Any way you look at it — by sheer weight, species diversity or population — the hard-shelled, joint-legged creepy crawlies called arthropods dominate planet Earth. Because of their success and importance, scientists have been trying for decades to out the family relationships that link lobsters to millipedes and cockroaches to tarantulas and find which might have come first.
In a scientific and technological tour de force that was nearly a decade in the making, a team of scientists from Duke University, the University of Maryland and the Natural History Museum of Los Angeles County have compared genetic sequences from 75 different species to draw a new family tree that includes every major arthropod lineage. Some of the relationships are so surprising that new names had to be coined for five newly-discovered groupings.
The work, which was supported by the National Science Foundation, appears online in the journal Nature.
A big surprise to tumble out of the new tree is that the closest living relatives of insects include a small and obscure group of creatures called remipedes that were only discovered in the late 1970s living in a watery cave in the Bahamas. With linear bodies like centipedes, simple legs and no eyes, it was thought that this small group — now placed with cephalocarids in the newly-named Xenocarida or “strange shrimp” — would be found at the base of the crustacean family tree.
Now, after analyzing 62 shared genetic sequences across all the arthropods, the researchers are putting the strange shrimp together with the six-legged insects, Hexapoda, to form a new group they dubbed Miracrustacea, or “surprising crustaceans.” As a “sister clade” to hexapods, the Xenocarida likely represent the sort of creature that came onto land to start the spectacular flowering of the insect lineage, said Cliff Cunningham, a professor of biology at Duke who led the study.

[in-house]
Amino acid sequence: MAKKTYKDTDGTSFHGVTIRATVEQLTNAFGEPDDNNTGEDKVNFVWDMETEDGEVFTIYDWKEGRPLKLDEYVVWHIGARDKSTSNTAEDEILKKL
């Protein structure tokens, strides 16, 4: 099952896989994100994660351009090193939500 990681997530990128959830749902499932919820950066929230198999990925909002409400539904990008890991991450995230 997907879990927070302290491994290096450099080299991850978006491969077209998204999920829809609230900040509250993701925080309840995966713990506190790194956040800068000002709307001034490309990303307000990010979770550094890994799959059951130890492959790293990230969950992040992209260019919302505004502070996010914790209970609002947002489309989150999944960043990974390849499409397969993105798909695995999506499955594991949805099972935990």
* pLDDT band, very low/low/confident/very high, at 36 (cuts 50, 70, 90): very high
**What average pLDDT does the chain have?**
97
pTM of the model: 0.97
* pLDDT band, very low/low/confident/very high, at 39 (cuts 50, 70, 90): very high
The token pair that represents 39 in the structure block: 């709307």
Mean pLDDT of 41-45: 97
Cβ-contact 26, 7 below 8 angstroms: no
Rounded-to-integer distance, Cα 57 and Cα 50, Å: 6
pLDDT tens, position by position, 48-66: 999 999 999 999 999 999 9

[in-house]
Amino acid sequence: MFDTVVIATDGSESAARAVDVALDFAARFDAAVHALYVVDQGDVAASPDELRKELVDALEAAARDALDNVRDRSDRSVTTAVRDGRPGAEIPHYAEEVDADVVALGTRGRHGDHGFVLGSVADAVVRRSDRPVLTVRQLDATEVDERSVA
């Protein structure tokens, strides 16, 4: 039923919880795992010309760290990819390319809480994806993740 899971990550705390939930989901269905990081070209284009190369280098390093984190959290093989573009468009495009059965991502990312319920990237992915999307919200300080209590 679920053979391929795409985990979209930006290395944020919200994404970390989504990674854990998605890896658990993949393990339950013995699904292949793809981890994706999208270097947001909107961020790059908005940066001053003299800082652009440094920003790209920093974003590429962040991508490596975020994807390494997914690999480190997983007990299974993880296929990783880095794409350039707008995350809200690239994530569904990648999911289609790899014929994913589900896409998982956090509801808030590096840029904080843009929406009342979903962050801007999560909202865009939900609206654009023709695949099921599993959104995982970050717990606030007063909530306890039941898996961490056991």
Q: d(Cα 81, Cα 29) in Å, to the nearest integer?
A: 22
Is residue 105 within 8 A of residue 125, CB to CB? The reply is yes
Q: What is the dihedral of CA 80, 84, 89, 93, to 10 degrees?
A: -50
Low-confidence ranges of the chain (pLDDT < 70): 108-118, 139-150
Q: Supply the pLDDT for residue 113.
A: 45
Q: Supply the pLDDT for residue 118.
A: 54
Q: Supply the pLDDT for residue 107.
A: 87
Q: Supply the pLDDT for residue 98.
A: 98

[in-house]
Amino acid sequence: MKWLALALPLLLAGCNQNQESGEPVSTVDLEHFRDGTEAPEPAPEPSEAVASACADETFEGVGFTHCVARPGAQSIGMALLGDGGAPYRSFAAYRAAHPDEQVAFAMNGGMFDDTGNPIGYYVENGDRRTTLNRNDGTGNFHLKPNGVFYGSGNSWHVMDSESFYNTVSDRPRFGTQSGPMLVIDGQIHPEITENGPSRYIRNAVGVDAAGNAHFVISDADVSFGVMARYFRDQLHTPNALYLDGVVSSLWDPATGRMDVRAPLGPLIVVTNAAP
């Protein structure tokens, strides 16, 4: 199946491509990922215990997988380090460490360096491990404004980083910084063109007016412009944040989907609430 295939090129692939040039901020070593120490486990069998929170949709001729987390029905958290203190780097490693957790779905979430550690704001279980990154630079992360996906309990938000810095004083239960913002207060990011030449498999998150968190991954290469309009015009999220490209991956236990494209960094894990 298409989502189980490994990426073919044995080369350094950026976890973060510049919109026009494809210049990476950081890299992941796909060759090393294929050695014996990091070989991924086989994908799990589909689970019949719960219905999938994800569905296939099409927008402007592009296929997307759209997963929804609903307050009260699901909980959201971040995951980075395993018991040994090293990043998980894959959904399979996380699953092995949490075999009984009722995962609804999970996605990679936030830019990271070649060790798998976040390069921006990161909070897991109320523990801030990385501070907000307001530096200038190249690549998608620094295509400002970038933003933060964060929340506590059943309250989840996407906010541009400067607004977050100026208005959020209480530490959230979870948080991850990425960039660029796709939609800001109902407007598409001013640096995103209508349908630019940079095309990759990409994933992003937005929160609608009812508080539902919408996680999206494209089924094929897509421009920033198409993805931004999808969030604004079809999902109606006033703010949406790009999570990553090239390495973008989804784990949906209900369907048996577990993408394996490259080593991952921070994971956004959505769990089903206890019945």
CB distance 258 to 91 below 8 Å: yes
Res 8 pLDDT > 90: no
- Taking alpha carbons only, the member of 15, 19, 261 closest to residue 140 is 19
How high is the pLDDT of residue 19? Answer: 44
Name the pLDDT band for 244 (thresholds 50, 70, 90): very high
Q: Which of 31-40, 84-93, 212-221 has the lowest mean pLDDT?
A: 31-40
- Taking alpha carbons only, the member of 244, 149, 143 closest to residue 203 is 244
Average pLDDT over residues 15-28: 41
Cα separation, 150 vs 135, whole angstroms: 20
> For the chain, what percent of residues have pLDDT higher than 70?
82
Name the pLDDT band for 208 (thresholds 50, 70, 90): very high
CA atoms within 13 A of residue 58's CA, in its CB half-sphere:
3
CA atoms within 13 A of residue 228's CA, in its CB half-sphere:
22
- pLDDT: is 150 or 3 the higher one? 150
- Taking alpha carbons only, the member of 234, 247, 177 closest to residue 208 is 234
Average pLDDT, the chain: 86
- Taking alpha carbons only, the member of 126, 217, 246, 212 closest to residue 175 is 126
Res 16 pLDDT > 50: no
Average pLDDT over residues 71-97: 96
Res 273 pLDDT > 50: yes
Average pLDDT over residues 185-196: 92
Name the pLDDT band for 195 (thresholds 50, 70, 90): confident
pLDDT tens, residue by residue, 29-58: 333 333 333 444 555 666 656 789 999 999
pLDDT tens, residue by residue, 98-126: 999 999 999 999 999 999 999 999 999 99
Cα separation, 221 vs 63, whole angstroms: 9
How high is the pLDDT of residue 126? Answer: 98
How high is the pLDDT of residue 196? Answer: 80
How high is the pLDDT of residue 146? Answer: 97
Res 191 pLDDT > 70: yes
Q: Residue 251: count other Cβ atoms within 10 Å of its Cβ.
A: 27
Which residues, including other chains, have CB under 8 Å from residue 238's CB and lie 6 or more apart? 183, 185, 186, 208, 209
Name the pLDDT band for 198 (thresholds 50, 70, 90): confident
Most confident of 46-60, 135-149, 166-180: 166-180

Triops, a 2-inch crustacean that looks like a cross between a horseshoe crab and a mayfly, had also been thought of as an early crustacean, but it too was shown to have a relatively modern origin in the new analysis, Cunningham said.
“Taxonomists have been arguing about these things for decades, and people kept coming at this with one data set after another,” Cunningham said. This latest study has created a fuller picture of the arthropod family tree by using more species and more genes, he said.
Beginning in 2001, Jeffrey Shultz, an associate professor of entomology at Maryland, led the efforts to out which species needed to be sequenced for a robust comparison, and then to round up suitable specimens of each. The study included nematodes, scorpions, dragonflies, barnacles, copepods and centipedes.
Remipedes, one of the two species of Xenocarida in the study, had to be fetched from partially submerged limestone caves in the Yucatan Peninsula and preserved just so. Bitty creatures called mystacocarids that live between grains of sand were captured by the Natural History Museum’s Regina Wetzer, using a microscope on a Massachusetts beach.
Once assembled, the 75 species were then stripped down to their DNA for a painstaking search to find genetic sequences that would appear across all arthropods, enabling statistical comparisons.
The lab of Jerome Regier at Maryland’s Center for Biosystems Research combed through 2,500 different combinations of PCR primers to find 62 protein-coding gene sequences that could be compared across all 75 species. Regier was an early proponent of using protein coding genes to sort out the arthropod tree, while most other researchers were using relatively less complex analyses from the DNA found in ribosomes and mitochondria.
The researchers ran four different statistical approaches, including two new ones invented at Maryland, “and they all came up with the same answer,” Cunningham said. Earlier studies had not used as many genes or as many species, making this study about four times larger than anything done previously.
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